Low exercise capacity or cardiorespiratory fitness is comparable to elevated systolic blood pressure, obesity, diabetes, and smoking as a risk factor and predictor of future disease. However, there is a high degree of individual variation in cardiorespiratory fitness before and after exercise training, including individuals that may not respond at all to training. Non-responding individuals might not benefit from increased physical activity and may be at higher risk for diseases related to low fitness, such as cardiovascular disease, metabolic syndrome, and breast and colon cancer. Although many of the phenotypic traits associated with exercise training are well known (i.e., increased oxidative metabolism, improved endothelial function), the genetic factors determining the magnitude of the response to exercise are poorly understood. Therefore, the objective of this proposal is to use quantitative trait loci (QTL) mapping to identify novel candidate genes that influence the variation in exercise training responses. By this approach, the PI has identified potential QTL for exercise-training responses on chromosomes 2, 12, and 14 (LOD 3.49 - 6.25) using F2 mice generated from an intercross of C57BI/6J (low response to training) and FVB/NJ (high response to training) inbred strains. These exciting preliminary data suggest that variation in the responses to exercise training (trainability) is affected by specific chromosomal regions and likely specific genes. Therefore, based on these preliminary data the PI proposes to test the hypothesis that a small number of QTL are critical for determining the adaptations to exercise training.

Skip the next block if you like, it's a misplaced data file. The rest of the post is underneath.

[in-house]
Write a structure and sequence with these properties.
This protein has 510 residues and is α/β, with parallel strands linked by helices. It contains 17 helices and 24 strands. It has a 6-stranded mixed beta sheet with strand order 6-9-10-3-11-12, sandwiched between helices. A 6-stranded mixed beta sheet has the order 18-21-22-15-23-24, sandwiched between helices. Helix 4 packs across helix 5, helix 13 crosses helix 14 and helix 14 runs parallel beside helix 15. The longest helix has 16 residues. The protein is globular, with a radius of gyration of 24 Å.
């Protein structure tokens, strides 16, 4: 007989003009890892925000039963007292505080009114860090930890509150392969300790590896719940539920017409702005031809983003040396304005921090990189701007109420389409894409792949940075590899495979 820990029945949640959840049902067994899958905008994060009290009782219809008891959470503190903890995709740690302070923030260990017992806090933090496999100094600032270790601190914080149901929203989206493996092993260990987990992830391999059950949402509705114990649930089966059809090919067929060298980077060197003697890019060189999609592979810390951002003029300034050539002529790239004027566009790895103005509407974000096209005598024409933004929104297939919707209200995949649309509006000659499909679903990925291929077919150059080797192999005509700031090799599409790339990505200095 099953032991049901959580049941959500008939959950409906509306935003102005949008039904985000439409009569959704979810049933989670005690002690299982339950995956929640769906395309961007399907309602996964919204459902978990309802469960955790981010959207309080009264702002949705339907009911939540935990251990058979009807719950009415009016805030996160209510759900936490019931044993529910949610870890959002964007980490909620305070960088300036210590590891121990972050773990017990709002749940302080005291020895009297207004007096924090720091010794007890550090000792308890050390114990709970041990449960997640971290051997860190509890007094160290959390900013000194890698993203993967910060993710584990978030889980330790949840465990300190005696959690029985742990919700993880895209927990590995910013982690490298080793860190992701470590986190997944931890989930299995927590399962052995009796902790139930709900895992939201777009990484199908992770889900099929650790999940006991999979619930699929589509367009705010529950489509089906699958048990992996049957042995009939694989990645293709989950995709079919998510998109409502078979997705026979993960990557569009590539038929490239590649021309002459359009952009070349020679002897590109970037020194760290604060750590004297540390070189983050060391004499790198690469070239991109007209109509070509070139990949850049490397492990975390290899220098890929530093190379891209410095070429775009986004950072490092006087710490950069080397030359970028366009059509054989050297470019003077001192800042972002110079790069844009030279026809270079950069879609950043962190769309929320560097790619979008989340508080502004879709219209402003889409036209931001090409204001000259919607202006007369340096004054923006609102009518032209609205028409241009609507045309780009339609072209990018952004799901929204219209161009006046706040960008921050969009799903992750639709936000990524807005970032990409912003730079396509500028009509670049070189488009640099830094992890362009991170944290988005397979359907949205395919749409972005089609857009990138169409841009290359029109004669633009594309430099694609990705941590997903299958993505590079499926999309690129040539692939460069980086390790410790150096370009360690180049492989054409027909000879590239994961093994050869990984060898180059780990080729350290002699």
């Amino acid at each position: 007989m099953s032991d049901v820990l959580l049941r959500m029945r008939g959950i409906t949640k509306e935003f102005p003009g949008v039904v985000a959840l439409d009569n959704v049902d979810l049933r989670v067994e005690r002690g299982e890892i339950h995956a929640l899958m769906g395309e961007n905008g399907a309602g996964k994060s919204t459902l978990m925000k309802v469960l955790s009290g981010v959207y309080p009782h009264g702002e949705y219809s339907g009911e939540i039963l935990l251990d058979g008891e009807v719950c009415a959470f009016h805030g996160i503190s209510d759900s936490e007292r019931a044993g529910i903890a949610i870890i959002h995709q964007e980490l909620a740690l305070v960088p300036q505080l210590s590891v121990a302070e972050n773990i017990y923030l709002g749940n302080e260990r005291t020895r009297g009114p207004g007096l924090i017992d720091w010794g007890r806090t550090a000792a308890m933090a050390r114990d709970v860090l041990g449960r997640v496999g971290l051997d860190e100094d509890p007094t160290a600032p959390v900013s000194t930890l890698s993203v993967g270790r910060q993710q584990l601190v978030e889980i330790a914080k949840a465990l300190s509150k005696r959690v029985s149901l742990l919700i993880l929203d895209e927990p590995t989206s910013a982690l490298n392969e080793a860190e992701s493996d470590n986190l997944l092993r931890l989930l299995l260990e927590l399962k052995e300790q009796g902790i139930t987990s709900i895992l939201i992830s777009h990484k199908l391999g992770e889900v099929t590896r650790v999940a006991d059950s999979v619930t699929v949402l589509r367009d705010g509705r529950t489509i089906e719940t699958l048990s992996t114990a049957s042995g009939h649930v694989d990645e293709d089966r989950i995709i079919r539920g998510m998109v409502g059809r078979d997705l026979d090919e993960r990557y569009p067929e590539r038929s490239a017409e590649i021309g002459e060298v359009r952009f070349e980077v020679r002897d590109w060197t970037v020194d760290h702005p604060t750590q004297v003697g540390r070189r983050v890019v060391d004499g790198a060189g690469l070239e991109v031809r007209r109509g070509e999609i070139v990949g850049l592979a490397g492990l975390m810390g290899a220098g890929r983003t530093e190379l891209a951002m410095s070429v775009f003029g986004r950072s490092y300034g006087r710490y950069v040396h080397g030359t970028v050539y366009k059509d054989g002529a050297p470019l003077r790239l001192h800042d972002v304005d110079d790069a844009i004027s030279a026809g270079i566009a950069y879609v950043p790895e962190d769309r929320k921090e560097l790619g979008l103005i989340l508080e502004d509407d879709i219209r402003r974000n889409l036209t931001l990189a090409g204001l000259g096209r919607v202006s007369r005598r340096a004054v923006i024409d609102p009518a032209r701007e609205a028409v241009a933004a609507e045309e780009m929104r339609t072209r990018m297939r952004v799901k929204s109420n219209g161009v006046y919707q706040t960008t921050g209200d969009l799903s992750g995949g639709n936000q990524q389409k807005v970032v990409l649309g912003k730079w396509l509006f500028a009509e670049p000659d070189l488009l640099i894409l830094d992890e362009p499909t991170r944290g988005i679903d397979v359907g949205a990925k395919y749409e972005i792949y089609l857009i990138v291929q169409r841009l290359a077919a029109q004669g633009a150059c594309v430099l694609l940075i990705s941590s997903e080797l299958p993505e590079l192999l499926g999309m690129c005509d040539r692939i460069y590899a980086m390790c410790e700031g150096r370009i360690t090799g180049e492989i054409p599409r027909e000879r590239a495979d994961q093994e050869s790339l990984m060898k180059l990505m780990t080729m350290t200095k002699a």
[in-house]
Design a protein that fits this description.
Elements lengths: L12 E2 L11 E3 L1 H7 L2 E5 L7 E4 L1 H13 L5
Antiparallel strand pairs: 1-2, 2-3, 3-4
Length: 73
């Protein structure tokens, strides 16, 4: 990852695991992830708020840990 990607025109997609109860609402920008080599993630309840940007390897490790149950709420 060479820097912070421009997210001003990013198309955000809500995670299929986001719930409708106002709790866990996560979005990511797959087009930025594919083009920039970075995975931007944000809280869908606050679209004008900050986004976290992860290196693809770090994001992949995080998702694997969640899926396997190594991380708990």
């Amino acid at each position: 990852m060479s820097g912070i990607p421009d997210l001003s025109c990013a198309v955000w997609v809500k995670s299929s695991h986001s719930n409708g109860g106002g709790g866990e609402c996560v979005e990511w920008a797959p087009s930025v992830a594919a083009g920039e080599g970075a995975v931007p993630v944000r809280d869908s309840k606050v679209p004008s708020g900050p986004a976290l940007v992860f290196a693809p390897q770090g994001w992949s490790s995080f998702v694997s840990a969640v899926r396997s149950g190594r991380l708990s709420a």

In Aim 1 the PI will identify QTL that affect variation in exercise training adaptations based on changes in exercise performance using single nucleotide polymorphisms (SNPs) and interval mapping. QTL intervals will also be narrowed using bioinformatics including interval-specific haplotype analysis.
For Aim 2 congenic strains of mice will be created by introgressing the QTL interval into inbred mouse strains and intermediate phenotypes characterized.
In Aim 3, candidate genes will be identified using microarray analysis of skeletal muscle from congenic and inbred mice. Overall, these experiments will provide insight into the genetic basis for individual differences in the responses to exercise training as well as identify novel candidate genes that determine these individual differences. Because improving cardiorespiratory fitness through exercise training can significantly reduce the risk of cardiovascular disease, metabolic syndrome, and breast and colon cancer, understanding the genetic factors associated with the variability in the adaptation to exercise training may help to elucidate the mechanistic basis for chronic diseases associated with low levels of fitness.
|Avila, Joshua J; Kim, Seung Kyum; Massett, Michael P (2017) Differences in Exercise Capacity and Responses to Training in 24 Inbred Mouse Strains. Front Physiol 8:974|
|Kim, Seung Kyum; Avila, Joshua J; Massett, Michael P (2016) Strain survey and genetic analysis of vasoreactivity in mouse aorta. Physiol Genomics 48:861-873|
|Kim, Seung Kyum; Massett, Michael P (2016) Genetic Regulation of Endothelial Vasomotor Function. Front Physiol 7:571|
|Massett, Michael P; Avila, Joshua J; Kim, Seung Kyum (2015) Exercise Capacity and Response to Training Quantitative Trait Loci in a NZW X 129S1 Intercross and Combined Cross Analysis of Inbred Mouse Strains. PLoS One 10:e0145741|
|Courtney, Sean M; Massett, Michael P (2014) Effect of chromosome substitution on intrinsic exercise capacity in mice. F1000Res 3:9|
|Courtney, Sean M; Massett, Michael P (2012) Identification of exercise capacity QTL using association mapping in inbred mice. Physiol Genomics 44:948-55|
|Massett, Michael P; Fan, Ruzong; Berk, Bradford C (2009) Quantitative trait loci for exercise training responses in FVB/NJ and C57BL/6J mice. Physiol Genomics 40:15-22|